Technology is already revealing itself to be a big game-changer in the financial services industry. We are seeing numerous examples of innovative activity, with clients throughout the world continuing to evolve in order to address changing regulatory environments, challenging markets conditions, and increasing investor expectations. Digital disruption is bringing about innovative changes to distribution, sales enablement, and the customer experience.
"Technology will set the winners apart"
Democratization of Investing
Too often, retail investors get left behind when it comes to accessing the most cutting edge technologies and investment strategies. However, digital advice is poised to disrupt traditional wealth management with the promise of increased convenience, greater transparency, lower fees, and better service. Although penetration levels remain relatively low, its prevalence is increasing as more providers come to market with these services, and as the technology continues to improve, this will evolve rapidly.
As digital services become more mainstream, it’s important that the financial services industry continues to explore how it can enhance their service offering to clients. We need to push the boundaries of how technology can help people build better financial futures.
Using technology to monitor investments and retirement savings encourages people to take action to improve their financial futures or to adjust to a more realistic understanding of their finances. Enhanced access to data, modeling and analytical tools are increasingly supporting investment decisions, including portfolio creation and management. Technology can empower investors with tools and data to grow savings more effectively and efficiently, and help them plan for retirement, pay for school, or buy a home.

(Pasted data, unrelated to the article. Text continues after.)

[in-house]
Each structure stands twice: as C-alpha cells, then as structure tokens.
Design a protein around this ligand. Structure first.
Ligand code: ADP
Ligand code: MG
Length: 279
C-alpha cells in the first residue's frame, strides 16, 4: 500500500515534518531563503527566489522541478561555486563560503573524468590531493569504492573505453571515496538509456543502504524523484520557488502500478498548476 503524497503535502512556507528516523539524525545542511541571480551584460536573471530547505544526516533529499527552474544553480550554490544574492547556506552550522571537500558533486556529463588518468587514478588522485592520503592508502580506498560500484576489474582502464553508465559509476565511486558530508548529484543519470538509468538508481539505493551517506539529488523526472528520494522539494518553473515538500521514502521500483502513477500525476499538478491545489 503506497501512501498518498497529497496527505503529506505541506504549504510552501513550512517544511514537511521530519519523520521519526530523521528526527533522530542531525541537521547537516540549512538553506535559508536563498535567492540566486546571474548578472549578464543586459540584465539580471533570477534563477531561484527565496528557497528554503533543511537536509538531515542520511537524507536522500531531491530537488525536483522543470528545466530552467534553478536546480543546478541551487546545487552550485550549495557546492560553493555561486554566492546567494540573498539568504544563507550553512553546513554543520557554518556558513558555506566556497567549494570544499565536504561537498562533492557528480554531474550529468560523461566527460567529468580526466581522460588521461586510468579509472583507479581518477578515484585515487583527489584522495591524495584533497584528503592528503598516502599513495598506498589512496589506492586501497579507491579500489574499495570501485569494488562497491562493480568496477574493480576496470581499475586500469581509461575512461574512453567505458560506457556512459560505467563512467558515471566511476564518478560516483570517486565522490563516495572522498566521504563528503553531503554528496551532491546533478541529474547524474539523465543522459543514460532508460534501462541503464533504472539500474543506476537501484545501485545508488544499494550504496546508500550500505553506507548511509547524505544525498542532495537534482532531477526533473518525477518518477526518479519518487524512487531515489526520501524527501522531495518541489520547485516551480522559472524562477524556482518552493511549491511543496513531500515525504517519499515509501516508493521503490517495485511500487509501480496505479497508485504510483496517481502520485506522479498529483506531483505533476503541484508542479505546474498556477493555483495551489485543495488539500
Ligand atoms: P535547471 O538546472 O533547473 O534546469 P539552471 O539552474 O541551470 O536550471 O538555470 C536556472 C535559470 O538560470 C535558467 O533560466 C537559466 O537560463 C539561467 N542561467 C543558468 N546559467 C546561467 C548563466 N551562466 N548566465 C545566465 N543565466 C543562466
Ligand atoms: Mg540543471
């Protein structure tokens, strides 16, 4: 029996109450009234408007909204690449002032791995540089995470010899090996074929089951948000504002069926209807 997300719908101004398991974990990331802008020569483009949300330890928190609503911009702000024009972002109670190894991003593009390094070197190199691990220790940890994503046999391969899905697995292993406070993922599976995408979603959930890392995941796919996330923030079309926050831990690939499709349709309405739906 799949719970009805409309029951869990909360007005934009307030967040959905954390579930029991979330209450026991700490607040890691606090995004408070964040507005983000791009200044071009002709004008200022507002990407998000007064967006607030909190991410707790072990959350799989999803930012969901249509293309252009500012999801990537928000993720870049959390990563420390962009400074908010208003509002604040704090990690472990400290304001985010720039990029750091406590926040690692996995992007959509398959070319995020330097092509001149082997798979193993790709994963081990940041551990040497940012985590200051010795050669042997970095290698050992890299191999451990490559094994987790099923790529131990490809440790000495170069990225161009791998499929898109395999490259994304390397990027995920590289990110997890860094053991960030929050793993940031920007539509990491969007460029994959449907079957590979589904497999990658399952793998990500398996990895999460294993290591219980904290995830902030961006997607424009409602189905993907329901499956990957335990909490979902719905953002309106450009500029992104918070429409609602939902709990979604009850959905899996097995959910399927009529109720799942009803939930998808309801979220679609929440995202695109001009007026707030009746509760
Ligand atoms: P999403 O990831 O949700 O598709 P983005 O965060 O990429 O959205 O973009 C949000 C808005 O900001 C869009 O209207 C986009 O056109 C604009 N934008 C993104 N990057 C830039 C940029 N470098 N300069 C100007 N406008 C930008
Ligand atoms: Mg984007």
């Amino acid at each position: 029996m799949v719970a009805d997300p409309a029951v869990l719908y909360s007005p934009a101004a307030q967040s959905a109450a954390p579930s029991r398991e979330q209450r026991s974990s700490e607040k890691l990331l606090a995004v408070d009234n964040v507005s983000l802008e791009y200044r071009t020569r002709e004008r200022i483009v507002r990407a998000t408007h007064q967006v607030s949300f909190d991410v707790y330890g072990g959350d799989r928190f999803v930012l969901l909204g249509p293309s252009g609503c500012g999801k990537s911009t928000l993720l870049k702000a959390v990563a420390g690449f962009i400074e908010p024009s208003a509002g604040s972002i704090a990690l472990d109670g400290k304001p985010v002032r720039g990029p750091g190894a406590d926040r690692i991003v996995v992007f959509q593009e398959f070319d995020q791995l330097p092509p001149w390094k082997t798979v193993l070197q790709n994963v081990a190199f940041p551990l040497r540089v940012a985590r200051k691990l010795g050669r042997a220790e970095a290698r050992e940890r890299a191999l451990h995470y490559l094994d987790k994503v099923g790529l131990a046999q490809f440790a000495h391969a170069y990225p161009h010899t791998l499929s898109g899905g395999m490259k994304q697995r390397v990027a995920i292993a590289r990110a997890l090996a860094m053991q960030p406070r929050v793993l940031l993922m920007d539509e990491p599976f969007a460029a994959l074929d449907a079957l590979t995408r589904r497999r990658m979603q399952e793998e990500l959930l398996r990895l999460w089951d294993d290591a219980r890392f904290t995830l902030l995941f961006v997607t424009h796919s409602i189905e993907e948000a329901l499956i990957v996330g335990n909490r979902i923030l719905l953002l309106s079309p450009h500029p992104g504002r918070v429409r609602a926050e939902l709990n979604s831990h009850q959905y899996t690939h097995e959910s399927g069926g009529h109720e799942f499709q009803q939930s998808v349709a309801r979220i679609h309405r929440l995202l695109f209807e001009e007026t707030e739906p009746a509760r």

A recent survey of 4,000 Americans by BlackRock found that 89% of those who manage investments using technology can name a way it has had a positive impact on their behavior as investors.
The rise of digital advice presents some distinct challenges and opportunities, for instance adding potential for greater operational simplicity whilst accelerating fee compression.
"Digital advice is not just a millennial phenomenon. Good technology finds its way into the hands of all different generations"
Operational simplicity and client engagement
The application of technology services can be advantageous for financial institutions by automating routine aspects of the client servicing process. Digital systems also provide advisers with greater channels of communications to their clients and increase engagement. Advisers are learning how to articulate a service-based value proposition and re-structuring their businesses accordingly.
There is demand for systems, processes and insights to support advisers in producing appropriate, customized and robust portfolios, and investment solutions for clients. Digital advice also requires the ability to process increasing levels of data on a unified platform. This is where technological solutions can assist, particularly in the administration of client portfolios where wealth providers have legacy internal systems which were not designed to handle current data or reporting requirements.
The overall ecosystem is shifting such that the wealth industry are investing heavily in enhancing their technology capabilities. In order to empower their advisors with institutional quality risk analytics and modelling tools, focus should be on technologies to fill this need for the retail investor, including technologies that empower the financial advisor with data, risk engines, portfolio construction tools in end-user friendly offerings.